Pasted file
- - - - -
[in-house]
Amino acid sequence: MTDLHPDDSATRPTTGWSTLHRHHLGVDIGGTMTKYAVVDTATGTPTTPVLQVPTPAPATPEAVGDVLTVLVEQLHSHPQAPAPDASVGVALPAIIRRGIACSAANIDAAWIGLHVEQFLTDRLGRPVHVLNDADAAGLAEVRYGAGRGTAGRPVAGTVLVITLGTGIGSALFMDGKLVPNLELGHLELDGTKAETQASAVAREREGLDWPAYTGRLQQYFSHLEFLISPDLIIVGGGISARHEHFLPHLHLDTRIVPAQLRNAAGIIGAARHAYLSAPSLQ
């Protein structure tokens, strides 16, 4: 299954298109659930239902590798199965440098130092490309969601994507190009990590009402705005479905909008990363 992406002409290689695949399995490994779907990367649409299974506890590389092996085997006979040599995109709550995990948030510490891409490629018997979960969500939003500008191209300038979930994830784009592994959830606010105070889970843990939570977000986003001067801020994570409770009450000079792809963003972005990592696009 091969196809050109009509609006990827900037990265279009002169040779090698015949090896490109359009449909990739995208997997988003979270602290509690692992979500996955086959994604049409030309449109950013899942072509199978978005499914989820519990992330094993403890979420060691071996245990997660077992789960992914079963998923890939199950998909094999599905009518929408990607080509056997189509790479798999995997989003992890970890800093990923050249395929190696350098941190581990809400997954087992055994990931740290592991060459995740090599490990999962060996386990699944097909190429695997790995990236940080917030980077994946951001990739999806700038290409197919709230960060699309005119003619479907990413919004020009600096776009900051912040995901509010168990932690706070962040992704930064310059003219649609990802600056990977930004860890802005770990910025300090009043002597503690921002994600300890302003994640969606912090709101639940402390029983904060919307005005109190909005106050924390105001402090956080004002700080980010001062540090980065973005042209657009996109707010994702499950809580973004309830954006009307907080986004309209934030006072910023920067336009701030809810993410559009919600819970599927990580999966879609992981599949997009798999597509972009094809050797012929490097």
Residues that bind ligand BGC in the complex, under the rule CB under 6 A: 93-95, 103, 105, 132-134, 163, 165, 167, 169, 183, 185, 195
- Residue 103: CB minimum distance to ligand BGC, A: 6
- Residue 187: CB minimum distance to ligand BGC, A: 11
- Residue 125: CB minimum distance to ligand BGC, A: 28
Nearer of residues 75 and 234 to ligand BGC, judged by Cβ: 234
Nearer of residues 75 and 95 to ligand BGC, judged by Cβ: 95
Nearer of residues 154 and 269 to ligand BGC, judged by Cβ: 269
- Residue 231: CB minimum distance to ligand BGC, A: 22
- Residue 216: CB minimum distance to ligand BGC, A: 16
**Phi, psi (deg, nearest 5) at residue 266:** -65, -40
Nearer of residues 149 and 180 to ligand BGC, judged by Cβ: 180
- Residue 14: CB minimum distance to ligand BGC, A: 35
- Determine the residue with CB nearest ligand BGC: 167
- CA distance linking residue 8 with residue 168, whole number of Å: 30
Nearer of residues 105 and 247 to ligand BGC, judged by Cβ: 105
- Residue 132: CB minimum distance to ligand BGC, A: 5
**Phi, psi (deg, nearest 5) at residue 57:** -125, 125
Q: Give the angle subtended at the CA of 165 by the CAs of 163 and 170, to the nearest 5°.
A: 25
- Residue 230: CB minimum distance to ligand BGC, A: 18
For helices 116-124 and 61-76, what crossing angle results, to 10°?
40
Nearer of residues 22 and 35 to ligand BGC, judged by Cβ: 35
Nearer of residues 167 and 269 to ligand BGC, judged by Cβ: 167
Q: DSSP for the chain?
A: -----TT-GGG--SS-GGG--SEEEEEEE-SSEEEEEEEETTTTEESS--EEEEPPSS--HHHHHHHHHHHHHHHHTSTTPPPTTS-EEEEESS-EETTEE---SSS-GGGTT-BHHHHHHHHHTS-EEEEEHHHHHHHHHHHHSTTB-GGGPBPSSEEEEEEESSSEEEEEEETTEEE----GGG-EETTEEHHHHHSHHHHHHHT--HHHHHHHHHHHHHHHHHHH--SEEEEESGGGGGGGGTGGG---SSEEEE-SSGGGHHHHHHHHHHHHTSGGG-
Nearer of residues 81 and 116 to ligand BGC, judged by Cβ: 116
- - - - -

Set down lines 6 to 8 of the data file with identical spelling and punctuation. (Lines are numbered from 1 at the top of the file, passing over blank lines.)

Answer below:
- Residue 187: CB minimum distance to ligand BGC, A: 11
- Residue 125: CB minimum distance to ligand BGC, A: 28
Nearer of residues 75 and 234 to ligand BGC, judged by Cβ: 234